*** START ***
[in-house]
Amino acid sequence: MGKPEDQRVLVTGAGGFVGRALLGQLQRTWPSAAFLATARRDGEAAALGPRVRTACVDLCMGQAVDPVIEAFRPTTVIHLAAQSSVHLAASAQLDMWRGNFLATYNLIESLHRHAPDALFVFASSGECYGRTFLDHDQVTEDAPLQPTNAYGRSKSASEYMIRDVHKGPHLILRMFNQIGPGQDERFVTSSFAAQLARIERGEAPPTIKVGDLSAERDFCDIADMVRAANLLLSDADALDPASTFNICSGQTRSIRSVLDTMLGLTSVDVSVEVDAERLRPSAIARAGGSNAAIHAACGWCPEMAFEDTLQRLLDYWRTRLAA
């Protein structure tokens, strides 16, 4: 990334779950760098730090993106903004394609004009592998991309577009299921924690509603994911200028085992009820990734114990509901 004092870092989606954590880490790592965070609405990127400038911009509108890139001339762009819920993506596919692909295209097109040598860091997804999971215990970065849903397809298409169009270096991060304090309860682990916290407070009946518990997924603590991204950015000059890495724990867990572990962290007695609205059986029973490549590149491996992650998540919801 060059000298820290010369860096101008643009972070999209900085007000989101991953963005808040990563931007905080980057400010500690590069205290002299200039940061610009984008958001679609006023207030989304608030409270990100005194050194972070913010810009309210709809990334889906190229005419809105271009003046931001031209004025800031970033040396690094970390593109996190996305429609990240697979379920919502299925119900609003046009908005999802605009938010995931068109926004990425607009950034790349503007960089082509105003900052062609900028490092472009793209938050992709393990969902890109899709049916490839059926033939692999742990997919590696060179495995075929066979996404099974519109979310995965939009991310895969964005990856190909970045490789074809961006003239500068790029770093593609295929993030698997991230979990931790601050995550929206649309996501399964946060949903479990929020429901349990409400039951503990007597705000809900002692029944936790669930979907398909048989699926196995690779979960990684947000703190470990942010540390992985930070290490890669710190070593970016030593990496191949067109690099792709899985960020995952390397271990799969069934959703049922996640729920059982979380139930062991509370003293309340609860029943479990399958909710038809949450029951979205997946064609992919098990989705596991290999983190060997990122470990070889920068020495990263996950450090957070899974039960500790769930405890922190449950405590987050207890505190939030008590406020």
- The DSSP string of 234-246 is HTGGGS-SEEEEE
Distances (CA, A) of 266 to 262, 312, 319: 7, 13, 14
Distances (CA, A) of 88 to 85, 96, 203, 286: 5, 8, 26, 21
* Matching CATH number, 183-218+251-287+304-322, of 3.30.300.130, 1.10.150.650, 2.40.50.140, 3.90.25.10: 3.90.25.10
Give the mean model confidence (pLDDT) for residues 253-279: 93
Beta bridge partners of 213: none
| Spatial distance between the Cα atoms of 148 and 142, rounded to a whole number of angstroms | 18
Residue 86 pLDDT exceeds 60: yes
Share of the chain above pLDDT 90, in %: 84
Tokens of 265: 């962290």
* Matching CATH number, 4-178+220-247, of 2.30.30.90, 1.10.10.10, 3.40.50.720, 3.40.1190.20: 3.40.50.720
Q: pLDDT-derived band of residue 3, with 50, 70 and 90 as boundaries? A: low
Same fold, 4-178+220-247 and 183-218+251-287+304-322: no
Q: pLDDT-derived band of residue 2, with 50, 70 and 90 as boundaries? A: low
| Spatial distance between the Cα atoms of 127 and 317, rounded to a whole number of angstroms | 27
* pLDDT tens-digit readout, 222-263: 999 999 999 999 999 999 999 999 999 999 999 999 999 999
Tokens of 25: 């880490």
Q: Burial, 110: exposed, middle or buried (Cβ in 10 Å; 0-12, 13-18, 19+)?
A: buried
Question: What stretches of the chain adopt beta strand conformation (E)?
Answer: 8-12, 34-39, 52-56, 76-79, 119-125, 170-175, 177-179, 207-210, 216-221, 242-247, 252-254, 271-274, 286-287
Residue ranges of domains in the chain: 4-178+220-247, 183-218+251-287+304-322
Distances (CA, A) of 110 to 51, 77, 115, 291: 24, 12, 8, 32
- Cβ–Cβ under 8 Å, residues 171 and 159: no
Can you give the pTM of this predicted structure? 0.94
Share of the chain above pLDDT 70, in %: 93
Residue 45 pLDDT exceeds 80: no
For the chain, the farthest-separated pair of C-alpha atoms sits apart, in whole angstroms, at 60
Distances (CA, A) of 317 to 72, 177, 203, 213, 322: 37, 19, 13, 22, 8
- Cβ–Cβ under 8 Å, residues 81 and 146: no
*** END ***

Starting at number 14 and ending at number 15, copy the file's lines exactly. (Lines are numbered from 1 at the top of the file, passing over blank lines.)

* Matching CATH number, 4-178+220-247, of 2.30.30.90, 1.10.10.10, 3.40.50.720, 3.40.1190.20: 3.40.50.720
Q: pLDDT-derived band of residue 3, with 50, 70 and 90 as boundaries? A: low